The last time I visited Busan, I accompanied a Seoul hardcore punk band (Shout out to Chadburger!) on their weekend tour. Not a musician myself, I came along for the adventure and offered my moral support.  It was either 2008 or 2009, and I recall their show coincided with the Busan International Film Festival. After the raucous concert, the band and I went to Haeundae Beach to come down from the craziness that is a punk rock show. Haeundae Beach is a very crowded, famous beach during the summer, but it was ours for the taking that night. There was a beach chair thrown into the sea.  It was also that night I ran into my friend Lex.  Years before she became my great friend and urban exploration partner with Isaiah, Lex was an acquaintance I knew from my undergraduate days at The Evergreen State College in Olympia, Washington. I can point to this night as the moment where our friendship was set in motion. After that, I saw Lex more often, usually at Punk/Hardcore shows at Skunk Hell in Hongdae. Throughout the years, our life paths have gone in different directions, but we have always been able to reconnect. Our chance meeting on that Korean beach nine years ago meeting set the dominoes in motion to for me to get into urban exploration, explore photography, and eventually start this blog. I can’t wait to see Lex in person to thank her for all that she has meant to me all these years.

The OG Urbex Crew. Taken in winter 2014/2015.


Fast forward a decade, I catch a glimpse of the album work of a Busan indie band called Say Sue Me.  The cover of Where We Were Together offers many clues to where this place might be. A simple Google Maps search will retrieve the results in a few seconds. It took me a while to get down to Busan to see it myself. One reason, friends had visited and documented before, taking away some of the urgency to go there myself. Also, in the interluding months, the discoveries piled up. An abandoned Cancer Lab here, a few closed-down universities there. The water park got pushed down the list of priorities. But, alas, dear reader, I finally made it down. Here my photos from my visit in late August of 2019.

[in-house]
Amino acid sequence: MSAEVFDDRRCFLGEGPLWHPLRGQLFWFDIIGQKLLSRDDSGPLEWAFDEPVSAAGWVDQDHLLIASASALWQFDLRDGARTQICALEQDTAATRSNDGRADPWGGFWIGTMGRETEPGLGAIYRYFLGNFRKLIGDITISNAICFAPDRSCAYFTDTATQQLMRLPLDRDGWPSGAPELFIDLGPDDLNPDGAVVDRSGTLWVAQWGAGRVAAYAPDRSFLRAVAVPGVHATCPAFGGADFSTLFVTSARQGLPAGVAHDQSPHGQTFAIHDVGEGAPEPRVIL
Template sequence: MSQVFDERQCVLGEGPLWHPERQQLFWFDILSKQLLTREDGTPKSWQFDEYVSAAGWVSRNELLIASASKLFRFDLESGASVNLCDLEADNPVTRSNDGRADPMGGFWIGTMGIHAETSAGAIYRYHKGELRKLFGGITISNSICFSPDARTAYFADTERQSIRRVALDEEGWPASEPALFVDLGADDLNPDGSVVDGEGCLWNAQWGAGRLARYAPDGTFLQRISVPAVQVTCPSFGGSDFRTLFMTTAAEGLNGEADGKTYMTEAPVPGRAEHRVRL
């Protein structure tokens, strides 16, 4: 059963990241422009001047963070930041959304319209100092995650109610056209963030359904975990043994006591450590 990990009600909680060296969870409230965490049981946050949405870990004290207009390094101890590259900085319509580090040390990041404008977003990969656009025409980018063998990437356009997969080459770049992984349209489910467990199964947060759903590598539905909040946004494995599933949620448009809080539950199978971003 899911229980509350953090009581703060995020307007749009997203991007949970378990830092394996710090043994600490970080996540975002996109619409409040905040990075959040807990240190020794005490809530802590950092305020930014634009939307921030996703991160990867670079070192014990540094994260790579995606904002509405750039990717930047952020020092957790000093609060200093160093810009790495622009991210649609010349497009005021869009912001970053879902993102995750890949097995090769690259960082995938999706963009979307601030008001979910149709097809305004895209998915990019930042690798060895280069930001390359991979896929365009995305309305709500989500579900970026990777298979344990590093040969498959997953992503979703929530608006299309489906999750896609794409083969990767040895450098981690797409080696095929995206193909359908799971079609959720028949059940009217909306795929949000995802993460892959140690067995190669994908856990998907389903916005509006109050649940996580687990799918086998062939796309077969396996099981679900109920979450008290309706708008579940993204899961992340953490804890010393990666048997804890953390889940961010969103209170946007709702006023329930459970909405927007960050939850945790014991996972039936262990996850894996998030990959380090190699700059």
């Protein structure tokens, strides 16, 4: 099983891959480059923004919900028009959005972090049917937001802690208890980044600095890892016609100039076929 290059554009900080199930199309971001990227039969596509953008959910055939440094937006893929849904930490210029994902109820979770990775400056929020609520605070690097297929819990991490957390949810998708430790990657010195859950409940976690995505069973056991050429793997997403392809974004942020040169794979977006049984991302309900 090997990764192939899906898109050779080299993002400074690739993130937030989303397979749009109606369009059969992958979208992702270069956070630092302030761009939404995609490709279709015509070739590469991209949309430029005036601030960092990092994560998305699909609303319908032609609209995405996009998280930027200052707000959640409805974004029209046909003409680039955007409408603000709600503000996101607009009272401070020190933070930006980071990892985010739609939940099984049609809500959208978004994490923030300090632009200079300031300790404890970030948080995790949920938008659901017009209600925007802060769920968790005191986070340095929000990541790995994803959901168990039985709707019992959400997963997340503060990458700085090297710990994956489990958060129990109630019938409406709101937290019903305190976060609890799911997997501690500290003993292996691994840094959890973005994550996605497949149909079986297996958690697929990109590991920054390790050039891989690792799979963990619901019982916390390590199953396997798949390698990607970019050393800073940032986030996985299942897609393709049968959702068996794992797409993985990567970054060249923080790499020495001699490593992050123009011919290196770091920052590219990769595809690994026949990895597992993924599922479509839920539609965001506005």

First, let’s take a look at the water park in better days. I am amazed that this place hadn’t been cleared ten years ago.  What was state of the art in the 1970s, became obsolete quickly with the development of huge and more thrilling waterparks throughout the country.


Despite the Beachtown Apartments being over forty years old, the management maintains the bright exterior,  juxtaposing with the faded colors, rust, and wild plant growth across the street.

Shot on a Leica R4s SLR camera with Kodak Color Plus 200 film
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Shot on a Minolta Weathermatic Dual 35 Point and Shoot with Cinestill 800t film.

000038000002000006000010000016000032 copy000034 2000023000025000022000032000017000011Inside the building, on the top floor, I was surprised to find a long vacated English academy. The rooms were named inspiring words like “Hope,” “Wish,” and “Courage.” Someone had been squatting and binge-drinking in Courage. There were still Christmas decorations on the walls, and evidence of games played on the whiteboard. 000021000022 2000017


Overall, this water park is worth a visit for just the external shots alone. Standing around the defunct waterpark, you can’t help but imagine all the fun moments shared by families at this place, unlike at an abandoned hospital. What motivated Say Sue Me to use the waterpark as the cover of their album? Do the members of the band share my sentiment of wonder at what this place used to be? If I had the chance to interview them, I would only ask them questions related to Where We Were Together.

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